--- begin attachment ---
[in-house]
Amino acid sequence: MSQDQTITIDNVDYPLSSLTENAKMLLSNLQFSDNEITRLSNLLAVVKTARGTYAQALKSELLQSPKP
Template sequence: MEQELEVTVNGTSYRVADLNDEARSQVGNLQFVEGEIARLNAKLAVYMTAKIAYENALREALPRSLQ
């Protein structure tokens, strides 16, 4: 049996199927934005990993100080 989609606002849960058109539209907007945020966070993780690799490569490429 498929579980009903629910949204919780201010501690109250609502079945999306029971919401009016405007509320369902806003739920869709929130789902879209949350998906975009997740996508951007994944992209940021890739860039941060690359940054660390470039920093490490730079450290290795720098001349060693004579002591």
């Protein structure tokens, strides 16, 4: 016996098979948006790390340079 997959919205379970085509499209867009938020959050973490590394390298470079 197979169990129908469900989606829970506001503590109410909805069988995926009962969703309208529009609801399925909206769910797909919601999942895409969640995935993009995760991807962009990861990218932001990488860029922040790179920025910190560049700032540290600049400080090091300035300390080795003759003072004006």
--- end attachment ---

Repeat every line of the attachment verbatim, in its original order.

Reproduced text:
[in-house]
Amino acid sequence: MSQDQTITIDNVDYPLSSLTENAKMLLSNLQFSDNEITRLSNLLAVVKTARGTYAQALKSELLQSPKP
Template sequence: MEQELEVTVNGTSYRVADLNDEARSQVGNLQFVEGEIARLNAKLAVYMTAKIAYENALREALPRSLQ
């Protein structure tokens, strides 16, 4: 049996199927934005990993100080 989609606002849960058109539209907007945020966070993780690799490569490429 498929579980009903629910949204919780201010501690109250609502079945999306029971919401009016405007509320369902806003739920869709929130789902879209949350998906975009997740996508951007994944992209940021890739860039941060690359940054660390470039920093490490730079450290290795720098001349060693004579002591």
């Protein structure tokens, strides 16, 4: 016996098979948006790390340079 997959919205379970085509499209867009938020959050973490590394390298470079 197979169990129908469900989606829970506001503590109410909805069988995926009962969703309208529009609801399925909206769910797909919601999942895409969640995935993009995760991807962009990861990218932001990488860029922040790179920025910190560049700032540290600049400080090091300035300390080795003759003072004006």